In another sign of economic weakness, consumer confidence dropped unexpectedly in December. The Conference Board's consumer confidence index, which had improved in November, fell slightly in December to 52.5 from 54.3.
The present-situation index — which measures how people feel about their current economic circumstances — declined to 23.5 from 25.4. The expectations index — which measures how people feel about their future prospects — fell to 71.9 from 73.6 last month.
"Consumers are still in a fragile state and confidence remains at depressed levels despite strong holiday retail sales, low prices and a relatively robust stock market," said Chris Christopher, an economist with research firm IHS Global Insight. "The poor housing market performance, high gasoline prices and a lackluster job market are keeping consumers in a tepid mood."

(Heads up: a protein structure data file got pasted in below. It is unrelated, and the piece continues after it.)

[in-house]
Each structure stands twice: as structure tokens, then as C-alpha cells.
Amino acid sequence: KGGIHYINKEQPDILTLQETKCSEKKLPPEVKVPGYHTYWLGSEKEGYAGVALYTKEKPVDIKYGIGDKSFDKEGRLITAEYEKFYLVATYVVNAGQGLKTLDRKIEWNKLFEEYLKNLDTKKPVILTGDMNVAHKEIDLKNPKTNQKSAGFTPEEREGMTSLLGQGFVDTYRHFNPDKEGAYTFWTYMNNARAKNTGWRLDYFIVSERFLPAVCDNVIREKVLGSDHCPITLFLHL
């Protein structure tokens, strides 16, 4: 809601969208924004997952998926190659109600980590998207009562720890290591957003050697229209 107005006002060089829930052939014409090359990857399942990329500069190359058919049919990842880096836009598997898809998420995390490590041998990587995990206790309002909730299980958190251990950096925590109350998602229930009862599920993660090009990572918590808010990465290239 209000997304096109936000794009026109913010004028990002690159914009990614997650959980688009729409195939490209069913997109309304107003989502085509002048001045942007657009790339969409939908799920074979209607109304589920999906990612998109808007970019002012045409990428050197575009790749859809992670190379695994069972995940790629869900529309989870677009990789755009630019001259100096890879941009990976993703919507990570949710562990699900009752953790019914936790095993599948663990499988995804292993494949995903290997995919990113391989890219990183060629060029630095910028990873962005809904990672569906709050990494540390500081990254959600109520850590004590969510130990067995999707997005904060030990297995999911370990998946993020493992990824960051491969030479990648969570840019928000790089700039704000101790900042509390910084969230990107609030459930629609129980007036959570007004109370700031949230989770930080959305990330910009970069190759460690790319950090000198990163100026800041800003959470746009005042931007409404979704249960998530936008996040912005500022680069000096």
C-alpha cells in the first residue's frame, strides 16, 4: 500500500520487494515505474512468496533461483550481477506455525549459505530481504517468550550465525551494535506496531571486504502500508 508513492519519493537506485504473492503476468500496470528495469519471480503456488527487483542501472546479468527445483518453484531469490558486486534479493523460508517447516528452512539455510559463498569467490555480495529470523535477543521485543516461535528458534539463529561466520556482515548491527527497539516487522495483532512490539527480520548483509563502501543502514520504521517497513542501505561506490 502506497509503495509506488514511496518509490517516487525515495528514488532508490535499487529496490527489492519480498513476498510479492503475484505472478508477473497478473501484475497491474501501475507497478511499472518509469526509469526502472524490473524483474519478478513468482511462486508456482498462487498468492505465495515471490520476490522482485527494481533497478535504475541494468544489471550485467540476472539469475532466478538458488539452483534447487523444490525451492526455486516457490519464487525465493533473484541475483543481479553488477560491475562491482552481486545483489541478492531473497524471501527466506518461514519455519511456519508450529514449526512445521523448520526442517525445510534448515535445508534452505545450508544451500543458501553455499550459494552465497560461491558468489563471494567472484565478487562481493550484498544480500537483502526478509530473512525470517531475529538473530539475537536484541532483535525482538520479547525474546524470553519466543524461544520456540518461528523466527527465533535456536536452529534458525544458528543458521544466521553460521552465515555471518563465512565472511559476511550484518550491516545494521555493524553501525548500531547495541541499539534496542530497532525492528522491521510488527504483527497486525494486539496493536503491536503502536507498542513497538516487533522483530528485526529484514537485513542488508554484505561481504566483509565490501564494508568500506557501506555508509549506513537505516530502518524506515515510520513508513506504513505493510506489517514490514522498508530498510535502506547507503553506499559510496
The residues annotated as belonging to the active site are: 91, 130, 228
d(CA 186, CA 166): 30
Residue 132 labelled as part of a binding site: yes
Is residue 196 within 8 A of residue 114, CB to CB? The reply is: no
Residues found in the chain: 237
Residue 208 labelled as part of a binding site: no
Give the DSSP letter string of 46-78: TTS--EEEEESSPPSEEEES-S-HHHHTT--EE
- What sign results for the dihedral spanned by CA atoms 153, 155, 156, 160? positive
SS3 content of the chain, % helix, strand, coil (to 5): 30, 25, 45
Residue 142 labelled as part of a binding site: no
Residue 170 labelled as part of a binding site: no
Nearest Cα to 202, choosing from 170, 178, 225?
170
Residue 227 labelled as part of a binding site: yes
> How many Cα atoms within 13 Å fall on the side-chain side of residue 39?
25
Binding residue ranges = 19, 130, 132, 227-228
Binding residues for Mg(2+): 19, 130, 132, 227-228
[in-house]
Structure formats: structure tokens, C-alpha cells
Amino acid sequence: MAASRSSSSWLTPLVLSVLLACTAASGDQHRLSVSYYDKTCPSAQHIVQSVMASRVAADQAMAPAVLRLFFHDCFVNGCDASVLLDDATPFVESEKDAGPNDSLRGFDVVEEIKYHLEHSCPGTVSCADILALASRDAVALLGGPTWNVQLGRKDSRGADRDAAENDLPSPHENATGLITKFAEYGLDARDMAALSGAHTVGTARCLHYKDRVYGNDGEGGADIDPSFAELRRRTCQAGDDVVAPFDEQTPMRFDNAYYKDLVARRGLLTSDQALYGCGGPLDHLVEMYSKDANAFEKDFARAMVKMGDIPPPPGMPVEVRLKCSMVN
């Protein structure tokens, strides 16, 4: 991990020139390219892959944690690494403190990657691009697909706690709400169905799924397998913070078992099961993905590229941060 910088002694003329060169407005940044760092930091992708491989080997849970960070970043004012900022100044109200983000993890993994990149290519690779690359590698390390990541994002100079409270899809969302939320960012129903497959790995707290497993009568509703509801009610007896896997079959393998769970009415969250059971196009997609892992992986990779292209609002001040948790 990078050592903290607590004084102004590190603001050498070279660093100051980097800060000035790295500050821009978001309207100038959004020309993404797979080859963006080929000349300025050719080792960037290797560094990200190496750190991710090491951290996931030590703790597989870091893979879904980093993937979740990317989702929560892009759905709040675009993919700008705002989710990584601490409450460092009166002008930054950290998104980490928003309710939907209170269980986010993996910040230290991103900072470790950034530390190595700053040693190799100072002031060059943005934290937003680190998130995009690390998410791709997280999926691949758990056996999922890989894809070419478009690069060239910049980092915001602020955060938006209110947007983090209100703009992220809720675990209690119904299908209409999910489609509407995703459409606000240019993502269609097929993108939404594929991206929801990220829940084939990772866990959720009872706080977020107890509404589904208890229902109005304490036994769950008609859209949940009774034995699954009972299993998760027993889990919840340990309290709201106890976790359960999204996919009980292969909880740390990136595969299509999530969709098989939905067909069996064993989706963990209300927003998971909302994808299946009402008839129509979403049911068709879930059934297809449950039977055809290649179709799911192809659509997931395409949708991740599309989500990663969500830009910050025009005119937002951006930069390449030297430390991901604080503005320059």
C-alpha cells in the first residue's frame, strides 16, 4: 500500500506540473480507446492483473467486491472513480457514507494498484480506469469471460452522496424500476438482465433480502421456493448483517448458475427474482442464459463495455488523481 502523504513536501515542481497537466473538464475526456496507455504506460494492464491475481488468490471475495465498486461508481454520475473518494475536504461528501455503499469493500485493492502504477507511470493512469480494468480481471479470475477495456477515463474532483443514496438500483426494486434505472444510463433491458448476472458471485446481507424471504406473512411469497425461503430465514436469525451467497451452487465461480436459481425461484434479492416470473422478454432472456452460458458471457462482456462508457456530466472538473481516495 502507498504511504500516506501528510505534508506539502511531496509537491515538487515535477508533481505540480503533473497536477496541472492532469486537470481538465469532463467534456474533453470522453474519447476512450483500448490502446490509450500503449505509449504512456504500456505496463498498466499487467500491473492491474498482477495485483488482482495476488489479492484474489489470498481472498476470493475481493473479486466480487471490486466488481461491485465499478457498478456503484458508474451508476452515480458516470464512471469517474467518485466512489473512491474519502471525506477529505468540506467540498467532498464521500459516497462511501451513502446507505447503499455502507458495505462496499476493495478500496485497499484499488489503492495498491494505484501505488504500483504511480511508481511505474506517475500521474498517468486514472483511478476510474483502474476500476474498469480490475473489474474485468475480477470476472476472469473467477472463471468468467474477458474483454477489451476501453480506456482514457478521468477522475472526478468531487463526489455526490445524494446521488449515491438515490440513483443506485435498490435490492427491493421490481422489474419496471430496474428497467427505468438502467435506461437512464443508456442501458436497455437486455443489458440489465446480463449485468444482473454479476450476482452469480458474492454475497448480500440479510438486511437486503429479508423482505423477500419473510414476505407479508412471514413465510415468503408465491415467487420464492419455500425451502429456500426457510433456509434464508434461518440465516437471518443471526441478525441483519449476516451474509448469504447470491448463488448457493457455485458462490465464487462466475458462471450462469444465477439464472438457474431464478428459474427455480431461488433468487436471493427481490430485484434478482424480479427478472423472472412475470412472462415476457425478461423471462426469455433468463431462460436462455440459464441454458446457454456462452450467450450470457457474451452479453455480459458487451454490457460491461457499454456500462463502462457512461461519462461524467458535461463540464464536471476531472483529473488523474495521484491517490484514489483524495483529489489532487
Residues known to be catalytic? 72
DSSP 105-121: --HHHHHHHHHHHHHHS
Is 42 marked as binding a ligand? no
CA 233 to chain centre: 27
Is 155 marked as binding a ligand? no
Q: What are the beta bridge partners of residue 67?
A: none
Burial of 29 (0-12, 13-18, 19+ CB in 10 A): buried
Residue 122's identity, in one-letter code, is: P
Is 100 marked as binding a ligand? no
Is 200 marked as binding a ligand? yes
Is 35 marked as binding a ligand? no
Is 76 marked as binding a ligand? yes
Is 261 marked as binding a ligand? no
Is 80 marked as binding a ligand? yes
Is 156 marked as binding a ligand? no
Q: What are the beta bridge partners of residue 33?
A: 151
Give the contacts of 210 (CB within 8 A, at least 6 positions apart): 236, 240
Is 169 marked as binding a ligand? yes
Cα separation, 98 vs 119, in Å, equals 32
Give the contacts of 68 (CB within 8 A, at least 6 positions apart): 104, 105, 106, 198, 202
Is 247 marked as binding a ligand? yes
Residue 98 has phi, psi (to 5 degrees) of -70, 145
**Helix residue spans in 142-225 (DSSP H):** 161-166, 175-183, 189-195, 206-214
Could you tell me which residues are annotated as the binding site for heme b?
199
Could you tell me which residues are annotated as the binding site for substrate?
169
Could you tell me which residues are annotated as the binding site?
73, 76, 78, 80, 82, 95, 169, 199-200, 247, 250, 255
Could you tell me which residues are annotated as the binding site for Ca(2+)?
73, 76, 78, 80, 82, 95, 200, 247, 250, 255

The index is based on the Conference Board's survey of 5,000 U.S. households. The group started the survey in 1967. The index is benchmarked to consumer sentiment in 1985, because that year was neither a peak nor a trough. Any reading above 100 indicates strong growth.